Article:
In general ECVP was a very satisfying experience and I am very glad I went. The people I met, both socially and in an intellectual context really made the conference worthwhile and I look forward to staying in contact with as many of them as possible. Thanks again everyone and I hope to see you at future ECVPs or other visual perception conferences.

A Coruna!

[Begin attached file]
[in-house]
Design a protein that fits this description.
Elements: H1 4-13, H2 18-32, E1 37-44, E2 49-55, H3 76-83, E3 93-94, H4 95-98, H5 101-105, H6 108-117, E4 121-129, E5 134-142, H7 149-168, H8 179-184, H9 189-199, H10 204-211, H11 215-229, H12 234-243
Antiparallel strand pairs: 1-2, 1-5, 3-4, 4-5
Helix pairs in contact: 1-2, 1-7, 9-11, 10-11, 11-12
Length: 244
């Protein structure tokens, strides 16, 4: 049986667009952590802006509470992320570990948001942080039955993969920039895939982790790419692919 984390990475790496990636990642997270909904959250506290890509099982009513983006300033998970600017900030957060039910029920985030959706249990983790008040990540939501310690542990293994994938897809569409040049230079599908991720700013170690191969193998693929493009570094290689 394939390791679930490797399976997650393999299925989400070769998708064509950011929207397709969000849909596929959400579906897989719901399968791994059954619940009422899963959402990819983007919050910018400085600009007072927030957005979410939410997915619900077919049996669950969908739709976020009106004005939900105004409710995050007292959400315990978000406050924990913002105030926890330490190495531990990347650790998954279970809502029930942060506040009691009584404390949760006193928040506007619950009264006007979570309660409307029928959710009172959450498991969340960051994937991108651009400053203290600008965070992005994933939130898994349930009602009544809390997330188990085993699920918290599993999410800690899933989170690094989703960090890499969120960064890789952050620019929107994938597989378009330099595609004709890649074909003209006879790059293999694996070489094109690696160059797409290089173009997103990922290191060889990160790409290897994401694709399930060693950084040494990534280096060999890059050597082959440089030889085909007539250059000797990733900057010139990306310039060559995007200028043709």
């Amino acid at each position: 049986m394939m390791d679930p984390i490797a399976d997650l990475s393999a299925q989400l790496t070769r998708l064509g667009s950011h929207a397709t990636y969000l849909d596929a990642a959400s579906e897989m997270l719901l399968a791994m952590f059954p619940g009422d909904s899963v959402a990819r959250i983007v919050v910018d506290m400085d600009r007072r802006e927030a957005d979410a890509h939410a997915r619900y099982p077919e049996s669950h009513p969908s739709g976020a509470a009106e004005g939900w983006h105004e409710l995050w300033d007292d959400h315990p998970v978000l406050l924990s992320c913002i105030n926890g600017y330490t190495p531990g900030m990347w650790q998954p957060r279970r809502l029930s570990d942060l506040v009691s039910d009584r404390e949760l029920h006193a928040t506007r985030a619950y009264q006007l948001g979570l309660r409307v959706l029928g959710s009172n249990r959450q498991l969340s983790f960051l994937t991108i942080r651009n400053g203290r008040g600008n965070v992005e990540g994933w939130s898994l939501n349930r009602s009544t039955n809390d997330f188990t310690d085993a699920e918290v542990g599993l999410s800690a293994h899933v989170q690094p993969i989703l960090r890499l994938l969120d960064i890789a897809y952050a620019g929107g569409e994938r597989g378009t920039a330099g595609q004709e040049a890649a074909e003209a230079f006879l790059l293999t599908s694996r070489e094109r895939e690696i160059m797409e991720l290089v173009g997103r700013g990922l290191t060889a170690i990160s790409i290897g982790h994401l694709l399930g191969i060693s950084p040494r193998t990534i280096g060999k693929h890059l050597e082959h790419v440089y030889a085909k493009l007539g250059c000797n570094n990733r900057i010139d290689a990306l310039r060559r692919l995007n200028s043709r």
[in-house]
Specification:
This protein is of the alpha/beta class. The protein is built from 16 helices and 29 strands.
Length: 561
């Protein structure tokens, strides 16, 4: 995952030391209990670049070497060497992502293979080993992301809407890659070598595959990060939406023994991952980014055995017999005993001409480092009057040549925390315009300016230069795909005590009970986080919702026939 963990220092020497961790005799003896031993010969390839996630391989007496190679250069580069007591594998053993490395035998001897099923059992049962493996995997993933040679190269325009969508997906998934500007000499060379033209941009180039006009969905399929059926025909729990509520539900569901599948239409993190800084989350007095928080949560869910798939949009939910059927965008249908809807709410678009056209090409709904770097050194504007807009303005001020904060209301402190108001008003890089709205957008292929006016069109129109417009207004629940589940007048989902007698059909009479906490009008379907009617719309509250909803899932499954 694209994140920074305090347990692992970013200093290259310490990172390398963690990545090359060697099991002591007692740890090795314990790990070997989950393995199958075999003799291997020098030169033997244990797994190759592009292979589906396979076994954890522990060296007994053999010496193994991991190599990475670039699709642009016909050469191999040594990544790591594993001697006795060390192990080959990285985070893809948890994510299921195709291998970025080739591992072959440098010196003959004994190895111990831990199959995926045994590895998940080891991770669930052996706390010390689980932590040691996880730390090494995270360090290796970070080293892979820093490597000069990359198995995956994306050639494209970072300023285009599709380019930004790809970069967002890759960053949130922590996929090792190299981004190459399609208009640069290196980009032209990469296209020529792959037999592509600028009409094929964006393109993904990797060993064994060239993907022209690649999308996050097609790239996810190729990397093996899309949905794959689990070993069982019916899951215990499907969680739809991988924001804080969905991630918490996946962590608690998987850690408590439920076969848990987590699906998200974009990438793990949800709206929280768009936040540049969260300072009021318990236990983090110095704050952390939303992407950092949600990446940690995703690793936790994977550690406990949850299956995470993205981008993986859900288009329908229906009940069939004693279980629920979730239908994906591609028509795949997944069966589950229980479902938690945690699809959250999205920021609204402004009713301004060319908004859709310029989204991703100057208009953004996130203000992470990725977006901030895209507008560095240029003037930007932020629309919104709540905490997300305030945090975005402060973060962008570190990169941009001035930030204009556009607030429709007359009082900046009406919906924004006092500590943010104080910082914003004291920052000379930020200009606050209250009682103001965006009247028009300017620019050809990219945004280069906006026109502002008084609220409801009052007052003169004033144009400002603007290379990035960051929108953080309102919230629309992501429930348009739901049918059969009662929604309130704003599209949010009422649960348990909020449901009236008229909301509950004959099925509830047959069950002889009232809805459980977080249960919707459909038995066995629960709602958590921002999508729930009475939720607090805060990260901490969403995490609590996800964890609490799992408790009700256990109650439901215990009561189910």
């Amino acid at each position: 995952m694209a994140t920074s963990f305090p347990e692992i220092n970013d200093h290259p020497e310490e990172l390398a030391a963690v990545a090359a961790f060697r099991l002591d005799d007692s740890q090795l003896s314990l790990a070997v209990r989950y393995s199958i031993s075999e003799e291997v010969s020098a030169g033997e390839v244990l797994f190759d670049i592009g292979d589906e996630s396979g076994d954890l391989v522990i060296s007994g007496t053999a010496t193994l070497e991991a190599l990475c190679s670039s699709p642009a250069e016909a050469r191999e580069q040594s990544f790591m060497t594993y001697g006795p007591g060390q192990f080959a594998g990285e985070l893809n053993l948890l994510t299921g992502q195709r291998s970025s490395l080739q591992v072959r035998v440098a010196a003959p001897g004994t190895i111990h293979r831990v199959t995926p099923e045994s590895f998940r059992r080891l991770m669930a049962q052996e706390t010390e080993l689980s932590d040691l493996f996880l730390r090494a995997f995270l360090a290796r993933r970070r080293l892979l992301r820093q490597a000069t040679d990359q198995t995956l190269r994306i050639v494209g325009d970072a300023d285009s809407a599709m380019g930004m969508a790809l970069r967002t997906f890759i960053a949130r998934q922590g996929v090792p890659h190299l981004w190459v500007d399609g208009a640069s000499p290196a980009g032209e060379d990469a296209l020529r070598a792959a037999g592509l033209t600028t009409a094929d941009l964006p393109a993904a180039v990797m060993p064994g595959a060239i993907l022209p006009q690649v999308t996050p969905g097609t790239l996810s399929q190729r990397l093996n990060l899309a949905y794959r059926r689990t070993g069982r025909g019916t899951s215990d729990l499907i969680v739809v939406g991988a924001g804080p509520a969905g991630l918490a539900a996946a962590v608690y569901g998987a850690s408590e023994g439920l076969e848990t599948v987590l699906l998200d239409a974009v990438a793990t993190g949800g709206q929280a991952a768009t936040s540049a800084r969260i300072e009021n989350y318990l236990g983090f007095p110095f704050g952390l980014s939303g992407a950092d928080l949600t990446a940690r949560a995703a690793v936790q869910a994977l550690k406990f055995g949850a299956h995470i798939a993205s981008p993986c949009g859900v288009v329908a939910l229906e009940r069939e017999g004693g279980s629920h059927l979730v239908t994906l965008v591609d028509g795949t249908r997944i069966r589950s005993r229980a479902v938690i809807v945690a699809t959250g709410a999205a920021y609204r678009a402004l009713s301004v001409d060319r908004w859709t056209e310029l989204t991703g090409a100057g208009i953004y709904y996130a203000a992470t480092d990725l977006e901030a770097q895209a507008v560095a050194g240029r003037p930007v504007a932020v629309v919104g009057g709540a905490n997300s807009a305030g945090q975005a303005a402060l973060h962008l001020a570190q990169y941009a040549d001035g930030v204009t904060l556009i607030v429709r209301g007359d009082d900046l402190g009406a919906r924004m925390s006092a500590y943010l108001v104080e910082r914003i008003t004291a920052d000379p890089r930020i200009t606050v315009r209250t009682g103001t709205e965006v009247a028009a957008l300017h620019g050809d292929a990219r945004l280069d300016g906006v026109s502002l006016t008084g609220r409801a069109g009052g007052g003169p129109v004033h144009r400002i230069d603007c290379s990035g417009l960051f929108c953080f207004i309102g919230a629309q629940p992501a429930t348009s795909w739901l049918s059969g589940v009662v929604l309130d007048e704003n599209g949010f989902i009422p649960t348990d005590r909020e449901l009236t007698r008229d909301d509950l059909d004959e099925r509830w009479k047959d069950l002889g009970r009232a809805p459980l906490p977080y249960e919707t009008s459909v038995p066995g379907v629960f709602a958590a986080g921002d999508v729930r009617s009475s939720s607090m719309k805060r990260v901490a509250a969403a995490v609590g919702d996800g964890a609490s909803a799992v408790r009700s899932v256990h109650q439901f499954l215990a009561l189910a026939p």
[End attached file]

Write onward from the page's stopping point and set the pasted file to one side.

So I returned from the ECVP conference last weekend (27/8) and thought it was about time I filled you in on how it was. The whole trip was lots of fun. A Coruna is a really interesting city, mixing the heat of southern Spain with the rolling green hills of somewhere like Ireland or the Scottish Highlands. The city is positioned on a hammer-head peninsula with a beautiful golden beach down one neck of the peninsula, a harbour on the other side of the neck and a Roman lighthouse on the rocky head of the peninsula. The cool air off the Atlantic makes the climate really comfortable (if a little wet at times) although the temperature of the water makes for a rather surreal beach-going experience: beautiful sand, hot sun, and F*****g freezing water!